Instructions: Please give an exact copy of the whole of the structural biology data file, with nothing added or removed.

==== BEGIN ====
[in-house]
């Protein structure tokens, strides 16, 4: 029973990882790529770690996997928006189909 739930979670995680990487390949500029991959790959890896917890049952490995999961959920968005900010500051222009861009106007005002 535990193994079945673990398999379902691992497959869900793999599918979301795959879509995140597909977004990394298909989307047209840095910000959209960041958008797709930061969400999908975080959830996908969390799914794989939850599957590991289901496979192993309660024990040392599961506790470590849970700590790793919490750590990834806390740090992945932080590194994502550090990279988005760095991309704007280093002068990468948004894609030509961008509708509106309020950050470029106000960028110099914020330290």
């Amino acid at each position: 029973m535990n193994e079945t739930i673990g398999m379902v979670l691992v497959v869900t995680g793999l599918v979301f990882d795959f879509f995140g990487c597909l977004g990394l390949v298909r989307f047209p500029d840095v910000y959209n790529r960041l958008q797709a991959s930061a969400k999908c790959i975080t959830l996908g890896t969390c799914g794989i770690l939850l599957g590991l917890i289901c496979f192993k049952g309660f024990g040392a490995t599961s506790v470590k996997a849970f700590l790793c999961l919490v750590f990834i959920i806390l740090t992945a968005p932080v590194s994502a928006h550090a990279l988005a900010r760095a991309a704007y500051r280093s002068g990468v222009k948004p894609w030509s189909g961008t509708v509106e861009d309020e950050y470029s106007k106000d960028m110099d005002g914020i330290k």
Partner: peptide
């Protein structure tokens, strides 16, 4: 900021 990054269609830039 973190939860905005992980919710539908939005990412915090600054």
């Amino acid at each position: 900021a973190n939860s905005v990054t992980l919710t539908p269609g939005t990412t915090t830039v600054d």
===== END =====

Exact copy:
[in-house]
């Protein structure tokens, strides 16, 4: 029973990882790529770690996997928006189909 739930979670995680990487390949500029991959790959890896917890049952490995999961959920968005900010500051222009861009106007005002 535990193994079945673990398999379902691992497959869900793999599918979301795959879509995140597909977004990394298909989307047209840095910000959209960041958008797709930061969400999908975080959830996908969390799914794989939850599957590991289901496979192993309660024990040392599961506790470590849970700590790793919490750590990834806390740090992945932080590194994502550090990279988005760095991309704007280093002068990468948004894609030509961008509708509106309020950050470029106000960028110099914020330290």
């Amino acid at each position: 029973m535990n193994e079945t739930i673990g398999m379902v979670l691992v497959v869900t995680g793999l599918v979301f990882d795959f879509f995140g990487c597909l977004g990394l390949v298909r989307f047209p500029d840095v910000y959209n790529r960041l958008q797709a991959s930061a969400k999908c790959i975080t959830l996908g890896t969390c799914g794989i770690l939850l599957g590991l917890i289901c496979f192993k049952g309660f024990g040392a490995t599961s506790v470590k996997a849970f700590l790793c999961l919490v750590f990834i959920i806390l740090t992945a968005p932080v590194s994502a928006h550090a990279l988005a900010r760095a991309a704007y500051r280093s002068g990468v222009k948004p894609w030509s189909g961008t509708v509106e861009d309020e950050y470029s106007k106000d960028m110099d005002g914020i330290k």
Partner: peptide
């Protein structure tokens, strides 16, 4: 900021 990054269609830039 973190939860905005992980919710539908939005990412915090600054």
């Amino acid at each position: 900021a973190n939860s905005v990054t992980l919710t539908p269609g939005t990412t915090t830039v600054d």